Alarm Code Tips You Should Know
Have you ever thought about how many people may have your alarm code? You may have given it to a babysitter that one time six months ago . . . oh, and your friend who came to visit last month . . . After awhile, the amount of people who have your code may grow. This is especially true if you don't change your code on a regular basis. To be sure you are playing it safe, follow these 4 user code safety tips. Most of these tips don't just apply to your alarm code, but your phone password, ATM pin number, and any four digit number used as a protective code.
- Be Original
- Be Unique
- Be User Friendly
- Make a Change
Many of us are a bit more predictable than we'd like to admit. For instance, the most common user code is "1234." According to Nick Barry, the founder of Data Genetics, a Seattle consulting group, over 26% of 4 digit codes used are actually the same 20 numbers. Interested to see if your code is among them? See the chart from his blog below.
The other predictable codes are significant dates such as birthdays and anniversaries. Not just ours, but our loved ones as well. The internet and social media has made all of your personal dates pretty easy to find, so it's best to avoid using them as an alarm code at all. Your best bet is to create a completely random number.
Generally, its fine for the two adult partners in a household to share a code, but everyone else should have their own unique access code. This makes it easy to change a compromised code without affecting everyone in your home - and the easier it is, the more likely you are to do it. It is also quite an advantage to be able to track your kid's access times. If your teen is supposed to come home right after school but hasn't been disarming until 2 hours later, you'll be able to view this in the panel history.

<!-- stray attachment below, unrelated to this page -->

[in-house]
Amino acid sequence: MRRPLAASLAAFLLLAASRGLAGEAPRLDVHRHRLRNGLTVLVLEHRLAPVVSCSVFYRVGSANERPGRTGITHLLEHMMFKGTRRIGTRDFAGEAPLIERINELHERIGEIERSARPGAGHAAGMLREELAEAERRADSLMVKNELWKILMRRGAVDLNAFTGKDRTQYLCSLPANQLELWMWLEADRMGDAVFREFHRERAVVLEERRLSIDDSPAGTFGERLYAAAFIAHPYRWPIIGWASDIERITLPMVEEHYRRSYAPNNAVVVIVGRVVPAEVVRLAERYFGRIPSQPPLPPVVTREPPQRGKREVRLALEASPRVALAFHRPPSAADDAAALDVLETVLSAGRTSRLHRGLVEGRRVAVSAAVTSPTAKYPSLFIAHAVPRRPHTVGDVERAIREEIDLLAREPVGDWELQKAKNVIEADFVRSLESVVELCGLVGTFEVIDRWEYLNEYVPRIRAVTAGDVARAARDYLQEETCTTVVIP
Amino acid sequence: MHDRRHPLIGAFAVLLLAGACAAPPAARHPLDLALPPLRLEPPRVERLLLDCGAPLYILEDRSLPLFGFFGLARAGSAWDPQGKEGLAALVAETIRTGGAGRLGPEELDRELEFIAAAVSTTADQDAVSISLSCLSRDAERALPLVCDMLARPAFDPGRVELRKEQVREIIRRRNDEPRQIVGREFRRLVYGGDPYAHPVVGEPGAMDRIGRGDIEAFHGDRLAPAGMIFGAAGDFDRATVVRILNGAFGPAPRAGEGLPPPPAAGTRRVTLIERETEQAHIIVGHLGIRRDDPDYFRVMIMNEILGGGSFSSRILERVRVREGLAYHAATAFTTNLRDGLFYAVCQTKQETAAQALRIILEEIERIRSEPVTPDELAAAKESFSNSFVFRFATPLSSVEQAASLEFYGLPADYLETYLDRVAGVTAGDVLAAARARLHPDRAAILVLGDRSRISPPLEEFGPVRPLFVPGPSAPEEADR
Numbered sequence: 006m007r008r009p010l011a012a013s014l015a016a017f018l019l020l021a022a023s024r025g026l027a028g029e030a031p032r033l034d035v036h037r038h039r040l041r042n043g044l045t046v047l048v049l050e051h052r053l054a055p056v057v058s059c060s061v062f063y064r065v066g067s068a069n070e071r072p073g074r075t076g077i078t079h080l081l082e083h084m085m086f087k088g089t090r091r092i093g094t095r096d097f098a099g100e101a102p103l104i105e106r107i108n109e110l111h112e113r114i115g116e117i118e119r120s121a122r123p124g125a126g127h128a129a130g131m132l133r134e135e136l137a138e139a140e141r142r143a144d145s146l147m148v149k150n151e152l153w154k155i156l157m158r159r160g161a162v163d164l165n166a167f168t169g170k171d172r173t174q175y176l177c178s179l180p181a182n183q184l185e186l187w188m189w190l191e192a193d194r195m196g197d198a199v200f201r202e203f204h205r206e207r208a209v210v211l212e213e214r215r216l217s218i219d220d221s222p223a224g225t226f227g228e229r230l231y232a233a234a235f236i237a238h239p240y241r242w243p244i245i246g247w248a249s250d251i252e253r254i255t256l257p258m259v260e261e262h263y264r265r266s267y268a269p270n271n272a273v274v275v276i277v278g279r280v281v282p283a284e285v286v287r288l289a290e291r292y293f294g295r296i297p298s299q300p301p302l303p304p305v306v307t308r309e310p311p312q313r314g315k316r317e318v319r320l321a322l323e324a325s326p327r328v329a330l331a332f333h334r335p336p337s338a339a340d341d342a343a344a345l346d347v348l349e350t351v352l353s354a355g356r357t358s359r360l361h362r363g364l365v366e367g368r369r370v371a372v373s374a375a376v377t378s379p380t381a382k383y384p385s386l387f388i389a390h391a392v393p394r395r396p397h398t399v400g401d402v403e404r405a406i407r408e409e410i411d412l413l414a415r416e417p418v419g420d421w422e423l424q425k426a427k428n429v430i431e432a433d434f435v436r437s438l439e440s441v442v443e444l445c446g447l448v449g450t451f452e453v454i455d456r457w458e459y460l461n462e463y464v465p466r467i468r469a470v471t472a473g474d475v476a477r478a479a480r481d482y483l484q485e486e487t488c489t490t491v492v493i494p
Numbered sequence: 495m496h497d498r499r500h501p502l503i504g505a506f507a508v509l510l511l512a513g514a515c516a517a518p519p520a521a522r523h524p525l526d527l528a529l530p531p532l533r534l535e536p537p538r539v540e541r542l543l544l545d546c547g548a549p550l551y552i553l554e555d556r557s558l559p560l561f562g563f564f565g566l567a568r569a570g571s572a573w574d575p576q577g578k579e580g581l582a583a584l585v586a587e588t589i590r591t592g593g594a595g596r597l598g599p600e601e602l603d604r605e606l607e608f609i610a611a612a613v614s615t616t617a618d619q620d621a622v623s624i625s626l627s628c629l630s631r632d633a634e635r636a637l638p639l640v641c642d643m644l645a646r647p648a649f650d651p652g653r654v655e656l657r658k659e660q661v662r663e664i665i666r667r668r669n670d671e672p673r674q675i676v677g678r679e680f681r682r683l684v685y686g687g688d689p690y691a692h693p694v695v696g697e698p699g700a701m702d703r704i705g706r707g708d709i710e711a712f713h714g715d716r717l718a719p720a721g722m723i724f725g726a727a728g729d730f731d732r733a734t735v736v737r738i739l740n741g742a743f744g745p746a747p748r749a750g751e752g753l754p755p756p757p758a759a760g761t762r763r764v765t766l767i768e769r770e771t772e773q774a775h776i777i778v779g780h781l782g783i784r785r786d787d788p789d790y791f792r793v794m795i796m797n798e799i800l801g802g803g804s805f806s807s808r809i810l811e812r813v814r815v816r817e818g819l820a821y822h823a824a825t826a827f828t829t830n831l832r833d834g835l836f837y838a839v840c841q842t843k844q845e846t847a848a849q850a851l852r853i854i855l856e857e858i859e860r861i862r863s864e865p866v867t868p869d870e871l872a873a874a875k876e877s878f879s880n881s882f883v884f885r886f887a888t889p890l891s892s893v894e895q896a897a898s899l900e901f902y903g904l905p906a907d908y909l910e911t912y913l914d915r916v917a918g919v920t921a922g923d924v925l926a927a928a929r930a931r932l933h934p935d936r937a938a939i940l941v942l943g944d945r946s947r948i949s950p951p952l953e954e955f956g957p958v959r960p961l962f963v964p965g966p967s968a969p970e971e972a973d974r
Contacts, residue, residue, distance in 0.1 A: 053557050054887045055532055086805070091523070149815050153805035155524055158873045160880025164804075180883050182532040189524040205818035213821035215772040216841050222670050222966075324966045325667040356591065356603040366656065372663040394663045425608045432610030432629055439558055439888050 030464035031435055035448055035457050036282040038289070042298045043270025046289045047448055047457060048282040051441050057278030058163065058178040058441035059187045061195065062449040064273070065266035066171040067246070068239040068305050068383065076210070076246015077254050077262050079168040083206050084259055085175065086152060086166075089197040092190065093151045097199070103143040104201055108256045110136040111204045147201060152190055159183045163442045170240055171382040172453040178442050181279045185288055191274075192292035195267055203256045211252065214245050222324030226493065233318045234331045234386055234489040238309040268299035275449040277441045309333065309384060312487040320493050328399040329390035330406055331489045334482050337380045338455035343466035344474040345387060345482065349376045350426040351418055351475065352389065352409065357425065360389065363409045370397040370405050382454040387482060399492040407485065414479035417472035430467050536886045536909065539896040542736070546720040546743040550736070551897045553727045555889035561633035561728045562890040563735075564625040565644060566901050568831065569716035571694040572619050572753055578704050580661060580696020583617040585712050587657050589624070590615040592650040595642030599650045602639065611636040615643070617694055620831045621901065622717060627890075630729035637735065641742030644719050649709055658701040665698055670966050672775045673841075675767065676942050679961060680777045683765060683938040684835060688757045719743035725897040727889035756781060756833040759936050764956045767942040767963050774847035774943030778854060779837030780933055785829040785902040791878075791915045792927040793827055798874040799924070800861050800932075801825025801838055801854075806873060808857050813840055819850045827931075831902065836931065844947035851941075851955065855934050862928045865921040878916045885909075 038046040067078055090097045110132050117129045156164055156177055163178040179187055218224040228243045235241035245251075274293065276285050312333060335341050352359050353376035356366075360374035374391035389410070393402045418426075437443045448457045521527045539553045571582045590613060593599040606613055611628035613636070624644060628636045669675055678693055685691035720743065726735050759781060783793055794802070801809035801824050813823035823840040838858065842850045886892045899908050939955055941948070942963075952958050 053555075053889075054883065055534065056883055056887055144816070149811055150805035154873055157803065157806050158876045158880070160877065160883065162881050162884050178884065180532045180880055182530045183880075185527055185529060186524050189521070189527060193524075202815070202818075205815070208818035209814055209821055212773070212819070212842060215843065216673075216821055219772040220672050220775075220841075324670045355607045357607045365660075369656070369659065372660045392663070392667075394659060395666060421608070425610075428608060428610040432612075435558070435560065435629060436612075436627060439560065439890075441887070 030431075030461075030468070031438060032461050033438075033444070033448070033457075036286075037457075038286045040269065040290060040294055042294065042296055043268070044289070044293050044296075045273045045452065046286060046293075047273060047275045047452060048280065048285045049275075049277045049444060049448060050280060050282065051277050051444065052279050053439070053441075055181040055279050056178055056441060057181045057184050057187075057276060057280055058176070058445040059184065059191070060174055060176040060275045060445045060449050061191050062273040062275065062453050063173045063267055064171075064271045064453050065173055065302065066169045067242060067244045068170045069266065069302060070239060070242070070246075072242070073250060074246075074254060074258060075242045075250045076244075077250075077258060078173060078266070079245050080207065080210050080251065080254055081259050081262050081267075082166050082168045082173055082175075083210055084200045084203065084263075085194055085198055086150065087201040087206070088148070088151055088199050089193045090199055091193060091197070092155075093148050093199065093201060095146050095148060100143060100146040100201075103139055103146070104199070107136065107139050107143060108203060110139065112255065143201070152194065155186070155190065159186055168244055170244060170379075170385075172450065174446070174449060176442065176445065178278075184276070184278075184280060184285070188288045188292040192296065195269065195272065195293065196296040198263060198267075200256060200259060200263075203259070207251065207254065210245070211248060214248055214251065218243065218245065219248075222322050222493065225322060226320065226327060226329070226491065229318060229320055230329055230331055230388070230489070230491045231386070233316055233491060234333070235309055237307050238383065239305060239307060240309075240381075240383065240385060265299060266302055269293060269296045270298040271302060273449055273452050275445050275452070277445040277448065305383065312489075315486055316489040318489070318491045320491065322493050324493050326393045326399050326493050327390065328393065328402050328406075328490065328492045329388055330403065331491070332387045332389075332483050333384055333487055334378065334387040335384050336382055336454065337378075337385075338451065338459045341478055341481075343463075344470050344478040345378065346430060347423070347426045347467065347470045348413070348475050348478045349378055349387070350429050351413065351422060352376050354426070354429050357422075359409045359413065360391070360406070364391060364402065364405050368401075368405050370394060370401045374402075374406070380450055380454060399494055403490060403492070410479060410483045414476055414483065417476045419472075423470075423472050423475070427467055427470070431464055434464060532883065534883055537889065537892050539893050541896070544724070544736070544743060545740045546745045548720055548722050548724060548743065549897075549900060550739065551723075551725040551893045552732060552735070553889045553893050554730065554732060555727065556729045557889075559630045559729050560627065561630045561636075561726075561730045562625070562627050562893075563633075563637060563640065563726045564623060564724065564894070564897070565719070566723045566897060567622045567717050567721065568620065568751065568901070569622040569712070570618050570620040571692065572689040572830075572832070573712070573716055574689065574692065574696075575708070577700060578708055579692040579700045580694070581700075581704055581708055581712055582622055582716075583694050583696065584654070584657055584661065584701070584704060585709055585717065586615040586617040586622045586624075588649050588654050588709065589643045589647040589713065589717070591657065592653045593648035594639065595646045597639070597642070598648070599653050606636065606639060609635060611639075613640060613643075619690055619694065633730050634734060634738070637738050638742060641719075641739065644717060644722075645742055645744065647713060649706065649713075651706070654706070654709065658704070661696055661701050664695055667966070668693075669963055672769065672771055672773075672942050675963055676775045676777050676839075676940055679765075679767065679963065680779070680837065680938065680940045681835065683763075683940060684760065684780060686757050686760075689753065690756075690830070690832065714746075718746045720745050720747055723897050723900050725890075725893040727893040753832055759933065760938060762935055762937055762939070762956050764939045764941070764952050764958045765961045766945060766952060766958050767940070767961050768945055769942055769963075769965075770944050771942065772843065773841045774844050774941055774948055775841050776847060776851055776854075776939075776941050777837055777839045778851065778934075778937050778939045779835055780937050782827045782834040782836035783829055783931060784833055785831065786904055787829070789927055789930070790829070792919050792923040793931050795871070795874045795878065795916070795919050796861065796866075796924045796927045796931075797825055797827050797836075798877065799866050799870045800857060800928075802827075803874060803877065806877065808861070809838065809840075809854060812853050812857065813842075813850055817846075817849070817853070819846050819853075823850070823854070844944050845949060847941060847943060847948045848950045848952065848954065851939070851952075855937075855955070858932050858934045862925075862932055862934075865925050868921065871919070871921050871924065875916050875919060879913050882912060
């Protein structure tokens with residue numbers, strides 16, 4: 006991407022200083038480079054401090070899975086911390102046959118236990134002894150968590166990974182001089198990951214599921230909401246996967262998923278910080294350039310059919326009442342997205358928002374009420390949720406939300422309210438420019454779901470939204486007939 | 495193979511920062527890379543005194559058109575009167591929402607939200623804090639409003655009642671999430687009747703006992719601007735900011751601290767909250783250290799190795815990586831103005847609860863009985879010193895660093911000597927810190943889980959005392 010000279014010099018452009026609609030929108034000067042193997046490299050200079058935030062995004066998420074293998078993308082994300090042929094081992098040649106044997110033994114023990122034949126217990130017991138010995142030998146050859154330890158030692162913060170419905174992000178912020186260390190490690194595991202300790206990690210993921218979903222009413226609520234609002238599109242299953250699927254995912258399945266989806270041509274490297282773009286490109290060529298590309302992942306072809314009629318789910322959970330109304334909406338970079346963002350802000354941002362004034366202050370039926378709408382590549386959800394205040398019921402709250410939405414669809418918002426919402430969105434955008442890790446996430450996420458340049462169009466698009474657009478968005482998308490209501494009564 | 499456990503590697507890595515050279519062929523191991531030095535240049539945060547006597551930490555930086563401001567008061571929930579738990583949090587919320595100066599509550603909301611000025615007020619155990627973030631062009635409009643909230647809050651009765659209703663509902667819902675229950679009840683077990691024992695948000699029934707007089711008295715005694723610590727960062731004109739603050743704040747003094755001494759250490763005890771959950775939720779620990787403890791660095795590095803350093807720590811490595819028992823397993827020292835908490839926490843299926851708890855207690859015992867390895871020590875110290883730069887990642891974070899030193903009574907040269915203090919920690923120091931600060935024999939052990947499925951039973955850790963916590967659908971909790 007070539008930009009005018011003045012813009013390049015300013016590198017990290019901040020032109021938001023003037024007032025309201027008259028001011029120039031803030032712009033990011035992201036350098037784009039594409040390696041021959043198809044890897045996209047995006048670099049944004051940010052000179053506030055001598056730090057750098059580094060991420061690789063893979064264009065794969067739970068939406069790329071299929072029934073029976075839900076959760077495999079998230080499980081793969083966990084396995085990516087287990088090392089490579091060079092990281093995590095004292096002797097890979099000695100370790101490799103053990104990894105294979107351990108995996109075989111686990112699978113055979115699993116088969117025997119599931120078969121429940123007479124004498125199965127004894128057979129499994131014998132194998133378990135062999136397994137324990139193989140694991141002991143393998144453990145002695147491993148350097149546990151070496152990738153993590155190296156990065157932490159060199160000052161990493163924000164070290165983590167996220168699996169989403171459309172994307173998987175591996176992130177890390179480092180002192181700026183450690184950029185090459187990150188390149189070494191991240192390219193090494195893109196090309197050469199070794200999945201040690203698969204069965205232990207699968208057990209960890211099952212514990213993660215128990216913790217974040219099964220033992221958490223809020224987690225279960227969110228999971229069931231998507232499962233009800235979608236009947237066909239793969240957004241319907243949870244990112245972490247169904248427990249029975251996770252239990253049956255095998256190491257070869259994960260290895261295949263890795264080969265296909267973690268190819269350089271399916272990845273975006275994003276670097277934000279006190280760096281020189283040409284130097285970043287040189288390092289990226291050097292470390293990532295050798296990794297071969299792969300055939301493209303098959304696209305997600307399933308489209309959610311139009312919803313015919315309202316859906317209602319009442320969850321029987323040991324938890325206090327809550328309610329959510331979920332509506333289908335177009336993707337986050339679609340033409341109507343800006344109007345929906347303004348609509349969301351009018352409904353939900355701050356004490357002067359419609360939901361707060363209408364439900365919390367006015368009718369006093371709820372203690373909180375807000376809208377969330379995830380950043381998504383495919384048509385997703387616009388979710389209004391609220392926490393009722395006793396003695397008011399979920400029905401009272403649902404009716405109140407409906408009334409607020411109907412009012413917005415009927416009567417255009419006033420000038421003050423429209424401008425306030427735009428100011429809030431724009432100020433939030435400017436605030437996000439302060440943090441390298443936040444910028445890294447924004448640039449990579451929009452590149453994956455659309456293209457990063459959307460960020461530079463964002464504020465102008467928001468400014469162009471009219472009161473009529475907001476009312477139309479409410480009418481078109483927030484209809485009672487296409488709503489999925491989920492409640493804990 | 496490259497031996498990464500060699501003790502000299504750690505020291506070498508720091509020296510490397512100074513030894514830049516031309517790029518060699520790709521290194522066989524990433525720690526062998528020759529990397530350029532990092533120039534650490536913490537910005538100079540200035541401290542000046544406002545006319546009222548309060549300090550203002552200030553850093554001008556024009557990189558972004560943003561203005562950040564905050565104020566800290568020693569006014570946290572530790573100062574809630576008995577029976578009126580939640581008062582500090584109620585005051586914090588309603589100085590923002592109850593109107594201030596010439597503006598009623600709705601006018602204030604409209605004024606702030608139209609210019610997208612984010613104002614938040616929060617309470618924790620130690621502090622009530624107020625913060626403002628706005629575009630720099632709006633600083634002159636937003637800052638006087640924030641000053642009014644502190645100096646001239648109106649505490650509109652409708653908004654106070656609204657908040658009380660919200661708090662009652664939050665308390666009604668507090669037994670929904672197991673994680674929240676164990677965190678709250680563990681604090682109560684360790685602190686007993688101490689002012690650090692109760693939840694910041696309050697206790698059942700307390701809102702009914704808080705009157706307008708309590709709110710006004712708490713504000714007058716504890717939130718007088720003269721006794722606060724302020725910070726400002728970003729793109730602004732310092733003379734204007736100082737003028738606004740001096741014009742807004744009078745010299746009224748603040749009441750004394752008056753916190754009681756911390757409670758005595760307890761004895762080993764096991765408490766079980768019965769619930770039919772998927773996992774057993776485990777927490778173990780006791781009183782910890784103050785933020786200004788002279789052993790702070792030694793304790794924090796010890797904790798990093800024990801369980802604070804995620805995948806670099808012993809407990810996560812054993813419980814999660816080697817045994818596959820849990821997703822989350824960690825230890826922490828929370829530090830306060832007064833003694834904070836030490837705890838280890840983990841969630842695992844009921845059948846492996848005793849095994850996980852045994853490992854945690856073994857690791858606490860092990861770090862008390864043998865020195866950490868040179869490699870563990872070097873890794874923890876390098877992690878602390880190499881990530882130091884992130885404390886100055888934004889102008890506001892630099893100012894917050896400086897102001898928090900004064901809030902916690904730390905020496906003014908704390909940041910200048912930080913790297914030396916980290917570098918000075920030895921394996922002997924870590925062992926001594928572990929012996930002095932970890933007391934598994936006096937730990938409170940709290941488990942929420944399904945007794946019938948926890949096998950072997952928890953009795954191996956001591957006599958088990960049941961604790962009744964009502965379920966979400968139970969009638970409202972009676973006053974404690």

If someone beyond your immediate family will be using your alarm system, be sure they get an individual code as well. In this way, if your housekeeper quits, you can simply delete her code with no added thought or affect on anyone else.
Another benefit to assigning individual codes is that you can easily track an individual's access history. For instance, if you are paying your dog walker to walk Buster for an hour, you may find it helpful to see he is arming your system after being out for only twenty minutes.
Have you been using the same code for over a year? It's time to change things up. For your security, you should assign new codes around 2 to 4 times a year. Make it a daylight savings routine when you reset your clocks, or when you regularly test your alarm system. If you aren't sure how to test your system, you can read our blog article, How to Test Your Security System.
Being the creatures of habit that we are, it's common to attempt to input your old code after you've made a recent change. For the first week or so, keep a reminder note on your panel to remind you to punch in the correct new code. Also, be sure all members of your family are home with you when you assign new codes. Taking the time to do things this way will limit your risk of setting off a false alarm.
If you can't find your user manual and don't know how to change your code, please feel free to call us here at Lake Arrowhead Security and we can walk you through the process over the phone.
We also have a YouTube Channel with many instructional videos to help aid our clients with some of our more popular systems. Not all of our alarm systems are available, but if you have one of the Honeywell systems listed below, you can click the link and it will direct you to a video that will walk you through the process of changing your code.
Following these 4 tips will keep your alarm codes safe and out of the wrong hands. Remember, your security system will work hard to protect you, but only you can protect your alarm code.
Stay tuned for more safety tips brought to you by Lake Arrowhead Security.